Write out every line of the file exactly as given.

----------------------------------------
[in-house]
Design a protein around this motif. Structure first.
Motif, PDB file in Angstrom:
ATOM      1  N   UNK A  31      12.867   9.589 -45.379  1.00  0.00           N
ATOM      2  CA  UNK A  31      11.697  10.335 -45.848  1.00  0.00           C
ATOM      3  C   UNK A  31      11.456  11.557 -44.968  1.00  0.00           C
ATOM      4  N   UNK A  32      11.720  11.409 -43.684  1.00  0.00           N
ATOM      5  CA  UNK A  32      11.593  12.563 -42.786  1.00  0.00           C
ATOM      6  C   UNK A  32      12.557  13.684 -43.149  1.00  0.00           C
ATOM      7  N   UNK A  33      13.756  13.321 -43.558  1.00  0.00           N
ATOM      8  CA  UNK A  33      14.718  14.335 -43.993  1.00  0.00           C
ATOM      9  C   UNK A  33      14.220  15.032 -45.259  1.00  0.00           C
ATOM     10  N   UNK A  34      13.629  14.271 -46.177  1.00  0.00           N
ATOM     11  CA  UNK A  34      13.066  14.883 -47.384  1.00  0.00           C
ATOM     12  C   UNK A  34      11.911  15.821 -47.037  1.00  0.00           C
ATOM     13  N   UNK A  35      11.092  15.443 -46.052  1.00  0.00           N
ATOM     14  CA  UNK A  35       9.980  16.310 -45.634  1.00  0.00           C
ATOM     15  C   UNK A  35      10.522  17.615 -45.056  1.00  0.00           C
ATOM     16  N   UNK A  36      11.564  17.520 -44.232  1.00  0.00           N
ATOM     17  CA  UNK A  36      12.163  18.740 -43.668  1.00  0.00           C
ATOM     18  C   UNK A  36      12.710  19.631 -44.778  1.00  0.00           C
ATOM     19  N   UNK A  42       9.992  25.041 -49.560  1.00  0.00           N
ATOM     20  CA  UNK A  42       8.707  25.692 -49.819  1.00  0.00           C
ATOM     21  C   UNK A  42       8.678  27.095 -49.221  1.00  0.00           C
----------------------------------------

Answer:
[in-house]
Design a protein around this motif. Structure first.
Motif, PDB file in Angstrom:
ATOM      1  N   UNK A  31      12.867   9.589 -45.379  1.00  0.00           N
ATOM      2  CA  UNK A  31      11.697  10.335 -45.848  1.00  0.00           C
ATOM      3  C   UNK A  31      11.456  11.557 -44.968  1.00  0.00           C
ATOM      4  N   UNK A  32      11.720  11.409 -43.684  1.00  0.00           N
ATOM      5  CA  UNK A  32      11.593  12.563 -42.786  1.00  0.00           C
ATOM      6  C   UNK A  32      12.557  13.684 -43.149  1.00  0.00           C
ATOM      7  N   UNK A  33      13.756  13.321 -43.558  1.00  0.00           N
ATOM      8  CA  UNK A  33      14.718  14.335 -43.993  1.00  0.00           C
ATOM      9  C   UNK A  33      14.220  15.032 -45.259  1.00  0.00           C
ATOM     10  N   UNK A  34      13.629  14.271 -46.177  1.00  0.00           N
ATOM     11  CA  UNK A  34      13.066  14.883 -47.384  1.00  0.00           C
ATOM     12  C   UNK A  34      11.911  15.821 -47.037  1.00  0.00           C
ATOM     13  N   UNK A  35      11.092  15.443 -46.052  1.00  0.00           N
ATOM     14  CA  UNK A  35       9.980  16.310 -45.634  1.00  0.00           C
ATOM     15  C   UNK A  35      10.522  17.615 -45.056  1.00  0.00           C
ATOM     16  N   UNK A  36      11.564  17.520 -44.232  1.00  0.00           N
ATOM     17  CA  UNK A  36      12.163  18.740 -43.668  1.00  0.00           C
ATOM     18  C   UNK A  36      12.710  19.631 -44.778  1.00  0.00           C
ATOM     19  N   UNK A  42       9.992  25.041 -49.560  1.00  0.00           N
ATOM     20  CA  UNK A  42       8.707  25.692 -49.819  1.00  0.00           C
ATOM     21  C   UNK A  42       8.678  27.095 -49.221  1.00  0.00           C